basis of imitation and empathy have involved patients
with frontal lobe lesions, who typically show
enhanced imitation or impaired empathy (e.g., Brass,
Derrfuss, Mathes-von Cramon, & von Cramon, 2003;
Eslinger, 1998; Luria, 1980; Shamay-Tsoory et al.,
2008). Damage to the left parietal region has also
been shown to alter imitation performance (Halsband
et al., 2001), while there appear to be no studies
reporting impaired emotional processing in these
patients. In general, lesion studies suggest a “core cir-
cuitry of imitation” underpinned by the MNS; how-
ever, human lesion research has yet to identify more
specific areas within frontal and parietal regions.
Notably, a recent meta-analysis of 20 functional MRI
studies that examined the role of frontal and parietal
brain regions in imitation suggested that areas extend-
ing beyond the classic MNS are also crucial for imita-
tion (Molenbergh et al., 2009).
Two recent TMS studies using self-report question-
naires have demonstrated an association between “sen-
sory” or “motor” empathy for pain and MNS function
(Avenanti, Bueti, Galati, & Aglioti, 2005; Fecteau,
Pascual-Leone, & Theoret, 2008). Both studies meas-
ured motor cortex excitability as a marker of “sensorim-
otor” MNS function. Although the motor cortex is not
typically considered part of the human MNS (Iacoboni
& Mazziotta, 2007), mirror neurons have been found in
the monkey primary motor cortex (Tkach, Reimer, &
Hatsopoulos, 2007). The findings of these two TMS
studies provide support for the motor system being
involved specifically in awareness of pain.
From observations of impaired imitation and
empathic abilities in individuals with ASD, it has
been hypothesized that the MNS plays a critical role
in these deficits (Williams, Whiten, Suddendorf, &
Perrett, 2001). Recent studies, however, have chal-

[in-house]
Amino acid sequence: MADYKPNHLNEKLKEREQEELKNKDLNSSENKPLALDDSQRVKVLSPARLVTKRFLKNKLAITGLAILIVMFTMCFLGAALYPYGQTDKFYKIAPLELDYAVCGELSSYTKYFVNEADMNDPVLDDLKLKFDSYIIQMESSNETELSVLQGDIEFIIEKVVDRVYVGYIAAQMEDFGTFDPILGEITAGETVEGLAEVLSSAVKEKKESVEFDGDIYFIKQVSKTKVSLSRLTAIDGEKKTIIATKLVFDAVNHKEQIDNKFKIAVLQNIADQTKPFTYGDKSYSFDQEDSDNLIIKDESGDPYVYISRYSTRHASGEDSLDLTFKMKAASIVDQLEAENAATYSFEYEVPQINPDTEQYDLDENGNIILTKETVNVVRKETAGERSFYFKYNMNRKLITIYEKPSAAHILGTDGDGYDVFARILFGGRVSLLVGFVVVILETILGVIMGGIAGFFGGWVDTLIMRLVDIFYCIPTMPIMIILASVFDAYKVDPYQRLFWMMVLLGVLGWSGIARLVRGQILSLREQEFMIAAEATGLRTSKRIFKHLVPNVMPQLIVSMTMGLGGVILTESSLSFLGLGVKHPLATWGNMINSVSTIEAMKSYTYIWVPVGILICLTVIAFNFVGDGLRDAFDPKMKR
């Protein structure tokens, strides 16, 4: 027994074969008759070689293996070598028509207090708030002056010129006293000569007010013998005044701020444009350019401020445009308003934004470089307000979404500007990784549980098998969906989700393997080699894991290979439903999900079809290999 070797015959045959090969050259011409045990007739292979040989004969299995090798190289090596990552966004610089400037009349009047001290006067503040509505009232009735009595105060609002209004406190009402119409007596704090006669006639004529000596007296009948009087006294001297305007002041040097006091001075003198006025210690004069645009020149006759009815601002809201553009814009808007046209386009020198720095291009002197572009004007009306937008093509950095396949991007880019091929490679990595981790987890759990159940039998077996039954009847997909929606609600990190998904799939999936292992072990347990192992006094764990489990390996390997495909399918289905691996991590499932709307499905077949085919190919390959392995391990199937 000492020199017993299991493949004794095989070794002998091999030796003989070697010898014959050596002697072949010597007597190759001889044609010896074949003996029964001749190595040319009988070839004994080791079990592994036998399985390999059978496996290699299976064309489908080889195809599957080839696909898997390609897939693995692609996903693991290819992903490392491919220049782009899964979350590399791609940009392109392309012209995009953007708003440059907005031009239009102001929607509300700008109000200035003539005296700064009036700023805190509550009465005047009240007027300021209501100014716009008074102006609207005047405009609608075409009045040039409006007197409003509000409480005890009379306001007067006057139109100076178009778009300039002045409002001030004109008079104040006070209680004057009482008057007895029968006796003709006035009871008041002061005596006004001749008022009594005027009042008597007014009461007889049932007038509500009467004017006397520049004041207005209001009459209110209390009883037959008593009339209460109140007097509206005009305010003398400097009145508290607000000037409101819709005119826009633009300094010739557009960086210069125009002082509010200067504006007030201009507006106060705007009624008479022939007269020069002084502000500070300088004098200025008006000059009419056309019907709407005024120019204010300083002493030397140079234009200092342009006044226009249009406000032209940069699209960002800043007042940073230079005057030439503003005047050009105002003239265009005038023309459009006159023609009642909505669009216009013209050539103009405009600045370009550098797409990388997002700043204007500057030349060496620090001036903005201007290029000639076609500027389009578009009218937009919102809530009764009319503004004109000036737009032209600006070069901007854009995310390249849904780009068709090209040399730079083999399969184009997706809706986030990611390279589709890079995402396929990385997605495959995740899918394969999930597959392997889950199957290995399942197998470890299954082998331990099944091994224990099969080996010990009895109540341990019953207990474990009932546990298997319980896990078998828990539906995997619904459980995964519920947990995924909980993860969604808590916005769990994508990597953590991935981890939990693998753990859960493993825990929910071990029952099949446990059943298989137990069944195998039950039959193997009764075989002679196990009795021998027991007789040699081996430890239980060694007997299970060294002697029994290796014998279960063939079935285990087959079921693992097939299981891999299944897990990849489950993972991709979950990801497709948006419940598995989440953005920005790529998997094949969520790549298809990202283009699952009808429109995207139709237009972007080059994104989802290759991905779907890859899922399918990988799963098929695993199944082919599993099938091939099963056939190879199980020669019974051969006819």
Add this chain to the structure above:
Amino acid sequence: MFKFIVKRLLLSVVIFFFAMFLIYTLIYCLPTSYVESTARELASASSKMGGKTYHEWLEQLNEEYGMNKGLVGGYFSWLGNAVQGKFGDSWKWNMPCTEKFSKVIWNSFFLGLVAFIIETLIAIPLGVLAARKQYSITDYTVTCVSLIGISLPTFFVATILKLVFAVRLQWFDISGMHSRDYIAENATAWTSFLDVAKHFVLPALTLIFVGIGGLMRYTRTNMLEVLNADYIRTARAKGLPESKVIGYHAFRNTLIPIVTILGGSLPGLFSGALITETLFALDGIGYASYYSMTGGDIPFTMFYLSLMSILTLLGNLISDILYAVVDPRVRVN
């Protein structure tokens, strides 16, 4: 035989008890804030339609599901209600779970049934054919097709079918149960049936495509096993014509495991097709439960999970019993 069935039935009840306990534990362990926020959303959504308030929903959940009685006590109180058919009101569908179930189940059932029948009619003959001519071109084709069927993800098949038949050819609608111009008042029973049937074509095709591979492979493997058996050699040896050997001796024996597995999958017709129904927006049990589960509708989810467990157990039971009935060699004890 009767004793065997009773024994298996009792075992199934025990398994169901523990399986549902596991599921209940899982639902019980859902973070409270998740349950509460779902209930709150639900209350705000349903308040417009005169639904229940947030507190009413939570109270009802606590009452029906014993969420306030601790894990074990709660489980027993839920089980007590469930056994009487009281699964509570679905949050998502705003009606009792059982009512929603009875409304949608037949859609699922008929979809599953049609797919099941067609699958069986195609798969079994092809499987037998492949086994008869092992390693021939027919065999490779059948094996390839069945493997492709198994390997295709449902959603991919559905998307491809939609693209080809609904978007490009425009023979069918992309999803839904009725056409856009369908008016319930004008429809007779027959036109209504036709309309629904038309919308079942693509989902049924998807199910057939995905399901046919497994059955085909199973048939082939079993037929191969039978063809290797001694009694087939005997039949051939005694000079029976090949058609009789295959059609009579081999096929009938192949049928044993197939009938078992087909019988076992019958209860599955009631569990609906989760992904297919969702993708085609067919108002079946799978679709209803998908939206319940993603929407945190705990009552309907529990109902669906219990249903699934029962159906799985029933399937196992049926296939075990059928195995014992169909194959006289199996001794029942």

lenged the presence of either a global imitation or an
empathic deficit in ASD.
Imitation in ASD
The first observation of an imitative deficit in autism
was made over 50 years ago (Ritvo & Provence,
1953). Since then, there have been numerous studies
of imitation in the ASD population, the majority
focusing on motor imitation (meaningful/meaningless
gestures or actions). In general, these studies show
impaired imitative abilities in ASD compared with
controls (Williams, Whiten, & Singh, 2004).
More recently, three studies have demonstrated
atypical activation of MNS regions during perform-
ance of various motor imitation tasks in ASD groups
compared with controls (Dapretto et al., 2006; Nishi-
tani, Avikainen, & Hari, 2004; Williams et al., 2006).
These findings have been cited as support for MNS
dysfunction in ASD. The issue here, however, is that
performance of the imitation task by the ASD group
was intact (Dapretto et al., 2006; Nishitani et al.,
2004; Williams et al., 2006). This suggests that atypi-
cal MNS activation does not necessarily reflect MNS
dysfunction per se, as imitation was not impaired.
Rather, individuals with ASD may simply recruit
alternative brain regions or use the MNS differently to
perform such tasks. All three studies measured volun-
tary imitation, which may be dissociated from auto-
matic imitative abilities in ASD (McIntosh,
Reichmann-Decker, Winkielman, & Wilbarger, 2006;
Tardif, Laine, Rodriguez, & Gepner, 2007). Only a
few studies have examined automatic imitation in the
ASD population, with inconsistent results. Bird et al.
(2007) found intact automatic imitation of robotic and
human hand actions in adults with ASD. Moreover,
Tardif et al. (2007) found enhanced automatic imita-
tion of facial and vocal stimuli in children with ASD
compared with controls.
In general, the differing imitation results in ASD
probably reflect methodological variations, such as
stimulus type (motor or facial/emotional), the age of
participants, and the method of measuring automatic
imitation (behavioral observations or physiological
measures such as EMG). Equally plausible, however,
is the suggestion that imitation may not be a unitary
construct, but may depend on more than one neural
network. Hamilton, Brindley, and Frith (2007), using
“mirror neuron” tasks previously employed in
neuroimaging studies, reported intact hand action
Downloaded by [ ] at 19:21 15 January 2012
imitation in children with ASD. They suggested that
different imitation behaviors may be supported by dif-
ferent neural systems. They also reported impaired
“theory of mind” (cognitive empathy) in this sample.
Accordingly, various types of empathy may be associ-
ated with different forms of imitation, and the integ-
rity of these different forms and their relationships to
cognitive and emotional empathy requires systematic